Customer Service | Help | FAQ | PEP-Easy | Report a Data Error | About
:
Login
Tip: To see papers related to the one you are viewing…

PEP-Web Tip of the Day

When there are articles or videos related to the one you are viewing, you will see a related papers icon next to the title, like this: RelatedPapers32Final3For example:

2015-11-06_09h28_31

Click on it and you will see a bibliographic list of papers that are related (including the current one). Related papers may be papers which are commentaries, responses to commentaries, erratum, and videos discussing the paper. Since they are not part of the original source material, they are added by PEP editorial staff, and may not be marked as such in every possible case.

 

For the complete list of tips, see PEP-Web Tips on the PEP-Web support page.

Freud, S. (1925). Letter from Sigmund Freud to Sándor Ferenczi, March 20, 1925. The Correspondence of Sigmund Freud and Sándor Ferenczi Volume 3, 1920-1933, 209-210.

Freud, S. (1925). Letter from Sigmund Freud to Sándor Ferenczi, March 20, 1925. The Correspondence of Sigmund Freud and Sándor Ferenczi Volume 3, 1920-1933, 209-210

Letter from Sigmund Freud to Sándor Ferenczi, March 20, 1925 Book Information Previous Up Next

Sigmund Freud

Vienna, March 20, 1925
IX., Berggasse 191

Dear friend!

I advise you against it. Don't do it. Your experiences and experiments are certainly no more striking or unobjectionable than what has been set down about it in the literature, to which one has not wanted to grant one's faith up to now. So, the only thing new in your lecture would be the personal factor and the personal effect that would have to proceed from it. With it you are throwing a bomb into the psychoanalytic edifice, which will certainly not fail to explode. But we are in agreement in [our] not wanting to hasten this perhaps unavoidable disturbance in development.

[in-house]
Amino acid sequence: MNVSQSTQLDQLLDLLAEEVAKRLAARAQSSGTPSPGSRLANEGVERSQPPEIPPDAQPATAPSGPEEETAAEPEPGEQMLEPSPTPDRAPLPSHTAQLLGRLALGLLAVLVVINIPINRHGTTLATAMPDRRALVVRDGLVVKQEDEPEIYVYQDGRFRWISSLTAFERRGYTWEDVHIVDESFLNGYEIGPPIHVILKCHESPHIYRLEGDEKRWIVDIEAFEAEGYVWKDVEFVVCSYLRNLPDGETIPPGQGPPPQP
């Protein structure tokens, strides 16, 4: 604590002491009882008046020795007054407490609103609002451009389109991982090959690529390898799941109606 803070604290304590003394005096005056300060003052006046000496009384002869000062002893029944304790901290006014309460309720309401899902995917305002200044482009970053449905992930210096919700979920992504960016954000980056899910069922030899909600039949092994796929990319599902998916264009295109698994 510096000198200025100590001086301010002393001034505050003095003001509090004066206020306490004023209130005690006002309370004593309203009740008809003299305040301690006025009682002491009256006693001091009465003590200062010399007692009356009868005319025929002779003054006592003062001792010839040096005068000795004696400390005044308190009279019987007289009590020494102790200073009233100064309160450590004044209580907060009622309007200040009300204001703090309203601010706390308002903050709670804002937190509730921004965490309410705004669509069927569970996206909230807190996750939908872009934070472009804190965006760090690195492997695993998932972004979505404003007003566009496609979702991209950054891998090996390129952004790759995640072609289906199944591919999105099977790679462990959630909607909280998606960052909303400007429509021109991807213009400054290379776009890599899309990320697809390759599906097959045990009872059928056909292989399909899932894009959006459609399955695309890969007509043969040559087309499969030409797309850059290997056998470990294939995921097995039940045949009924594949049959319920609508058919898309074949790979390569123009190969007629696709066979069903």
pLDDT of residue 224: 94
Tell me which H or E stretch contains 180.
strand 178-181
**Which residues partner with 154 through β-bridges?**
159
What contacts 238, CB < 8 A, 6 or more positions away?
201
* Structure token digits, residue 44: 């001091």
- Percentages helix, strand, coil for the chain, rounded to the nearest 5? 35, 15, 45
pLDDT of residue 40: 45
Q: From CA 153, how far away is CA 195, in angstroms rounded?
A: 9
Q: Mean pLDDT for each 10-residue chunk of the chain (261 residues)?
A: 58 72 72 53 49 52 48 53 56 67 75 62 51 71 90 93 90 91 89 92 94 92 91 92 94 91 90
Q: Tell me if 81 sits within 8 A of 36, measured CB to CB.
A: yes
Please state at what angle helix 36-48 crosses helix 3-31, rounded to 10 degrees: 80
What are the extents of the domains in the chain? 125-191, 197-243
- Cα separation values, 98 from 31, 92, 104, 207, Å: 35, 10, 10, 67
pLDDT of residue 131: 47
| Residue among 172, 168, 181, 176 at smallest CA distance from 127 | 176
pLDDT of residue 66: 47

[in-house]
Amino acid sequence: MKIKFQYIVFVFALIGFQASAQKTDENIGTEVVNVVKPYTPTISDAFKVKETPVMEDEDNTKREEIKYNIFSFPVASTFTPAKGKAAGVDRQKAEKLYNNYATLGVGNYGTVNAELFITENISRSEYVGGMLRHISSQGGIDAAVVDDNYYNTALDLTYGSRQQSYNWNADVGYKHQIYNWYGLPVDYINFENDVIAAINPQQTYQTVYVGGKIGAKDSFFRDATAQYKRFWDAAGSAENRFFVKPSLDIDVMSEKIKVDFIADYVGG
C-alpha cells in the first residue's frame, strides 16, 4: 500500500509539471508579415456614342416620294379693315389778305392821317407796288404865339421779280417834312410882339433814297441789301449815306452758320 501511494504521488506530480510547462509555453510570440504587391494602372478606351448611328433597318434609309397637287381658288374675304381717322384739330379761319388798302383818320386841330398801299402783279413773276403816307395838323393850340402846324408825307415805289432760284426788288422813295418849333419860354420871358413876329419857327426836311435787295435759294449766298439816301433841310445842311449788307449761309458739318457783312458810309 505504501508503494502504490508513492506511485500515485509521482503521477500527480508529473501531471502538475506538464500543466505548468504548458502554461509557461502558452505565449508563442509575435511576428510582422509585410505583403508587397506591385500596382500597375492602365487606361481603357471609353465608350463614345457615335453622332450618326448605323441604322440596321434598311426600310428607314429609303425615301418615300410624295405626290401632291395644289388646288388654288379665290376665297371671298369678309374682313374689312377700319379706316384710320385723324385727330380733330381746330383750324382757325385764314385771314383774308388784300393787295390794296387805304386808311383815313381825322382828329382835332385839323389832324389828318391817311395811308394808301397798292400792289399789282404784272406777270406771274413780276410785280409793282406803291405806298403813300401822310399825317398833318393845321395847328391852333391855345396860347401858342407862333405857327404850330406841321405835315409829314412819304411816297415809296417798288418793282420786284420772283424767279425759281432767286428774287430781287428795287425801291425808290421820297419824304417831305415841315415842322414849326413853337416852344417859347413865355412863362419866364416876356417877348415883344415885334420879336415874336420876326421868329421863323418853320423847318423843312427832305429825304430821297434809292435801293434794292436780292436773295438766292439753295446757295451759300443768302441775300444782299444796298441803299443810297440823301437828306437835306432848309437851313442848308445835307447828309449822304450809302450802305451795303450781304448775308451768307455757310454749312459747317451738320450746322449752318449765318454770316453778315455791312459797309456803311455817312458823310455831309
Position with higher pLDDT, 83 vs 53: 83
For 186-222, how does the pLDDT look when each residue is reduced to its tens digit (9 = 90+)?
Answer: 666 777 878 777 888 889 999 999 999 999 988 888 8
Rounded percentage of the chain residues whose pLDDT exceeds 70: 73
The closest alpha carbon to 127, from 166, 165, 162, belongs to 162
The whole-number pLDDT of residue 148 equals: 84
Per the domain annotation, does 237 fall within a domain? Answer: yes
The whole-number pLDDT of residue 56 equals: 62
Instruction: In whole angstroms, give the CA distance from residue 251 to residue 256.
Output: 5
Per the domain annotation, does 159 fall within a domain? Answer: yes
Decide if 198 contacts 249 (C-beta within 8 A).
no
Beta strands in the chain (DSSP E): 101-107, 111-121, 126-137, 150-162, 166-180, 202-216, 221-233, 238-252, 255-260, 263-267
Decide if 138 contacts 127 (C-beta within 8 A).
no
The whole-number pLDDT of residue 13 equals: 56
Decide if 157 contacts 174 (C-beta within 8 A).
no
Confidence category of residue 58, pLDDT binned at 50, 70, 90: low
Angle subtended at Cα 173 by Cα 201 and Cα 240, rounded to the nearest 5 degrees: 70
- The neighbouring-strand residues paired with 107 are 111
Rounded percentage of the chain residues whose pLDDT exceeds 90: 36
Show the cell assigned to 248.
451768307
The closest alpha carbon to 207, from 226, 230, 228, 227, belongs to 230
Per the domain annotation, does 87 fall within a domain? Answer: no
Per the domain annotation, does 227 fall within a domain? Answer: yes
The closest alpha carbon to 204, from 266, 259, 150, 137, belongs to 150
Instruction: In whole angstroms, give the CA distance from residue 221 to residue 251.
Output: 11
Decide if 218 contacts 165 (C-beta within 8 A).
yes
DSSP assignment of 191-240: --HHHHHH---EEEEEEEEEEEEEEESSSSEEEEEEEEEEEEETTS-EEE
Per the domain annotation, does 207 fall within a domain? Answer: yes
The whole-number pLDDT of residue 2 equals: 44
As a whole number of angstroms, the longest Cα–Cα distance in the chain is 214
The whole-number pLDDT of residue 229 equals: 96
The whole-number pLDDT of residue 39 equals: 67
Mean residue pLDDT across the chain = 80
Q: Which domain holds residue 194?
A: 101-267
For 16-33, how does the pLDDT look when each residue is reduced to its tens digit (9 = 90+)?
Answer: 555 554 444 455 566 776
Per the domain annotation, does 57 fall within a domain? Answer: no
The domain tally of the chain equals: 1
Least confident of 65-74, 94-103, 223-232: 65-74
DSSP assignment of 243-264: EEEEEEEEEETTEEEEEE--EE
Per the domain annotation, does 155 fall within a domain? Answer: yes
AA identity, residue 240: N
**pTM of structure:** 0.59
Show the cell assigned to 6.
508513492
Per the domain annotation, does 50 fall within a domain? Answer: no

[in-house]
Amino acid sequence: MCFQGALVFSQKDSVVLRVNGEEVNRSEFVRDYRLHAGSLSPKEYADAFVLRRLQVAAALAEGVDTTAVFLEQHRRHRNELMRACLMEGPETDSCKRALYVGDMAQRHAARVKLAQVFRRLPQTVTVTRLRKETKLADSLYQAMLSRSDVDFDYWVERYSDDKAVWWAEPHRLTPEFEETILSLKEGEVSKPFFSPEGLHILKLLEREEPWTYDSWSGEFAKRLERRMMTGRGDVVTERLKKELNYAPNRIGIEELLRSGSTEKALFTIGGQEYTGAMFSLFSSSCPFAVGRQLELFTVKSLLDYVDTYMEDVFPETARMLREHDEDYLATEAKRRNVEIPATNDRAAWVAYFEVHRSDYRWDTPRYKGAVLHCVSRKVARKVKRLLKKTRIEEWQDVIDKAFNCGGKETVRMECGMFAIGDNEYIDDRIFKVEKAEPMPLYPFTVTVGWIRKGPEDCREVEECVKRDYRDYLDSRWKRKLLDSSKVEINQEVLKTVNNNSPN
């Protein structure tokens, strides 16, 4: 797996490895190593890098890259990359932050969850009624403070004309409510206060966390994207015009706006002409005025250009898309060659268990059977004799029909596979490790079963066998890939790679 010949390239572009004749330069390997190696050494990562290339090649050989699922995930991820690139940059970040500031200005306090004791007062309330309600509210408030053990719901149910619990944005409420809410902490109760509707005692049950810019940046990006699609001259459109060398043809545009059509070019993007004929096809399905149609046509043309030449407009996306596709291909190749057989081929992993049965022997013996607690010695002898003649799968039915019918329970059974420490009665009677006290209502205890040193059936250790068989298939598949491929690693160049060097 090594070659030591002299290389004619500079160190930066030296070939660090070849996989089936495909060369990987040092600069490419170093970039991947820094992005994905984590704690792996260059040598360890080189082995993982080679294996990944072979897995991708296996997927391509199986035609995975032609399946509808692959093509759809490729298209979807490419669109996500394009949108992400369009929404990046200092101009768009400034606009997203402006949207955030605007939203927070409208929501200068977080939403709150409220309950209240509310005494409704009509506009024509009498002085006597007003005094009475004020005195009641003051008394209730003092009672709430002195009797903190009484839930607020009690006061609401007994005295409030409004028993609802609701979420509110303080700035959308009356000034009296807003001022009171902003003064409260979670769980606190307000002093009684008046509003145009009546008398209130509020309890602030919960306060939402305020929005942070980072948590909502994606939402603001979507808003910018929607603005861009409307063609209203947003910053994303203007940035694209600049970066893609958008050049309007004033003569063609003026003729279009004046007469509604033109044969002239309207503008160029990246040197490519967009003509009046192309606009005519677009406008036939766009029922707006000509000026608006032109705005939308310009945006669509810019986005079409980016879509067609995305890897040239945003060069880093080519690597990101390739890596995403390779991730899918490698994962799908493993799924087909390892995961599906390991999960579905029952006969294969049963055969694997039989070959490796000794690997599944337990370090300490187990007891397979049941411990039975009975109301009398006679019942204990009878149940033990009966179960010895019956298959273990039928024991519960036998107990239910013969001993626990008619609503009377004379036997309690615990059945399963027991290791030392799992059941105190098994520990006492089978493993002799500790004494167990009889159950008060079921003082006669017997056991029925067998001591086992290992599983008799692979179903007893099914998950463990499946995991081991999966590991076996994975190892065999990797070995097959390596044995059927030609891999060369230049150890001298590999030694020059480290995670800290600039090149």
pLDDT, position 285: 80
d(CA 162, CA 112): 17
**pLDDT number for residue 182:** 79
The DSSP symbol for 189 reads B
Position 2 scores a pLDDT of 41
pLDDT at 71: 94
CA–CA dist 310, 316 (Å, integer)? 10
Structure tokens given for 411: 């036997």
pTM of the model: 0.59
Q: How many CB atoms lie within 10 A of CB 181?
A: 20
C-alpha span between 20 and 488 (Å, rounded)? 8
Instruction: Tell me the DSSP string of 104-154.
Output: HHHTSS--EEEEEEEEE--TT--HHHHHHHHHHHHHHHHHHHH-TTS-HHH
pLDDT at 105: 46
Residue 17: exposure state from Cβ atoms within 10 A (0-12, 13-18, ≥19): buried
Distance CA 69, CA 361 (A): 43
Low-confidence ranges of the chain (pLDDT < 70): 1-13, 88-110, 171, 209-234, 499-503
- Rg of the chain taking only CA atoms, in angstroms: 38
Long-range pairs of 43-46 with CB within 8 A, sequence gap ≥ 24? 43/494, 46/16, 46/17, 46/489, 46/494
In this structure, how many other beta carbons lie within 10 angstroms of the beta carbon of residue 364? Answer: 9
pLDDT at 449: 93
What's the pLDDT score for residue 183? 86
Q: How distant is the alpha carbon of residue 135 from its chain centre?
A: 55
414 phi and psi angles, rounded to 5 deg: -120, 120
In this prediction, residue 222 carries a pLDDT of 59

Abraham has announced himself with his wife for Easter. But I will probably ask him not to visit me. I am too tired from the more than six months' work and the incessant treatment with its torments, so that I would like to take a rest over Easter in Vienna, or elsewhere, free from responsibilities. Abraham is an optimist, rather presumptuous in his relations with people, and he evidently cannot see eye to eye with the demands of my condition.2 You yourself don't need to see the announcement of a worsening of my condition in this communication. I am in a similar position as our poor Austria; I suffer the pains of rehabilitation, about which it has by no means yet been established whether it will succeed.

[This is a summary or excerpt from the full text of the book or article. The full text of the document is available to subscribers.]

Copyright © 2019, Psychoanalytic Electronic Publishing, ISSN 2472-6982 Customer Service | Help | FAQ | Download PEP Bibliography | Report a Data Error | About

WARNING! This text is printed for personal use. It is copyright to the journal in which it originally appeared. It is illegal to redistribute it in any form.